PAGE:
Washington Healthcare Fraud/Medicare Fraud Enforcement

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In Washington, major healthcare fraud is civilly and criminally prosecuted by the Eastern and Western United States Attorney’s Offices and the State’s own Medicaid Fraud Control Unit.

The federal government often accomplishes this task with the assistance of the Washington Medicaid Fraud Control Unit (MFCU). The MFCU takes the responsibility of stopping fraud very seriously and is often assisted in its efforts by the bravery and actions of whistleblowers.

Modeled after the federal False Claims Act, the Washington False Claims Act permits private citizens to bring qui tam actions on behalf of the State of Washington to recover treble damages and civil penalties. Wash. Rev. Code Ann. §§ 48.80.010 – 48.80.900.

Nolan Auerbach & White represents whistleblowers in federal court only. We will bring cases on behalf of whistleblowers under the Washington qui tam statute as part of an action under the federal False Claims Act. We do so under the Court’s pendent jurisdiction.

The liability provisions of the Washington False Claims Act, Wash. Rev. Code Ann.  § 48.80.030, provide liability for any person who:

1.         makes or presents or causes to be made or presented to a health care payer a claim for a health care payment knowing the claim to be false;

2.         knowingly presents to a health care payer a claim for a health care payment that falsely represents that the goods or services were medically necessary in accordance with professionally accepted standards;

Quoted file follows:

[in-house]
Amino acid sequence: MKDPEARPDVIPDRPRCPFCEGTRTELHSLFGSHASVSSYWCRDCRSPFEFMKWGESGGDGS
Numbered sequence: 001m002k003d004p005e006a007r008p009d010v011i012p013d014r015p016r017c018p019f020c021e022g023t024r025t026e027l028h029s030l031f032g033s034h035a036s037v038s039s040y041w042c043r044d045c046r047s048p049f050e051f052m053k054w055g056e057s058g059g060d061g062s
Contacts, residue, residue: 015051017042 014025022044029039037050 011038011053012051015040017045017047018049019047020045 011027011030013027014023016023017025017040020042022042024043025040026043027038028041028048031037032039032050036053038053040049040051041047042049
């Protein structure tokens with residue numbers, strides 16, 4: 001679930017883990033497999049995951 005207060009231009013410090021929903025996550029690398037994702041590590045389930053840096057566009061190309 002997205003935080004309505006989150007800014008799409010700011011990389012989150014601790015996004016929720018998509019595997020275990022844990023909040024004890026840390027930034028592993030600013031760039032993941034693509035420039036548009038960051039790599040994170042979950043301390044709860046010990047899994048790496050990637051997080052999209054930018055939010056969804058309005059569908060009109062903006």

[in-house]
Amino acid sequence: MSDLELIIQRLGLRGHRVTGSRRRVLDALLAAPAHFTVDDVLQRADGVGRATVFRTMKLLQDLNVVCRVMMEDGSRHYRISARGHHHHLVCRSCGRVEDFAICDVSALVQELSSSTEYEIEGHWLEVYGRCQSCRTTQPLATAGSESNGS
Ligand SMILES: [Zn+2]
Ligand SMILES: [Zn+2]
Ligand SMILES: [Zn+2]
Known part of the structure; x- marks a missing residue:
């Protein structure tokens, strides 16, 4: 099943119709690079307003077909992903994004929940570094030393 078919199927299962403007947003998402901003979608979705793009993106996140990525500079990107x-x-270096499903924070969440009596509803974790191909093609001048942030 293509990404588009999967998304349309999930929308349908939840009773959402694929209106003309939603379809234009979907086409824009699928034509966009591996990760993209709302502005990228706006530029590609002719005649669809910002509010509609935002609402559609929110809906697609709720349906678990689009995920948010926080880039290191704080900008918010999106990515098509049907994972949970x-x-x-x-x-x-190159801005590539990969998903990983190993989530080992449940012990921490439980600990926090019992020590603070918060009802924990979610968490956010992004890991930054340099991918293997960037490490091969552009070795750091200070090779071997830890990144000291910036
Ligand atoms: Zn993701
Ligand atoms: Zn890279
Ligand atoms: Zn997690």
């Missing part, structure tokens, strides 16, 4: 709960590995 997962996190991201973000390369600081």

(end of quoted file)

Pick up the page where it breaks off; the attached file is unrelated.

3.         knowingly makes a false statement or false representation of a material fact to a health care payer for use in determining rights to a health care payment.


Cases completed in Washington that were originally brought in a Washington federal court include:

In April 2004, the DOJ announced that the University of Washington Physicians, Children’s University Medical Group, and Association of University Physicians had agreed to pay $35 million to settle allegations of Medicare fraud. The Government alleged that University of Washington Medical system doctors falsely claimed to have been present at tests that were actually conducted by residents. Then, the doctors destroyed evidence of the fraud and rewrote audit reports to receive increased Medicare funding.


Cell Therapeutics, a pharmaceutical company based in Seattle, agreed to pay $10.5 million to settle allegations that it paid illegal kickbacks to physicians in violation of the Anti-Kickback Statue and the False Claims Act. Relator James Marchese, a former oncology account manager with Cell Therapeutics Inc, filed a qui tam complaint in 2006 against his former company, alleging that CTI had improperly marketed its cancer drug, Trisenox, for unapproved uses through an unlawful kickback scheme. To induce doctors to prescribe its drug to potential patients, CTI provided them with substantial monetary payments as well as other incentives such as free food, entertainment, and travel. Additionally, CTI knowingly made false statements to the physicians by telling them that Trisenox was approved for certain off-label uses. The result of this kickback scheme was the payment of millions of Medicare/Medicaid dollars for the medically unproven use of a drug.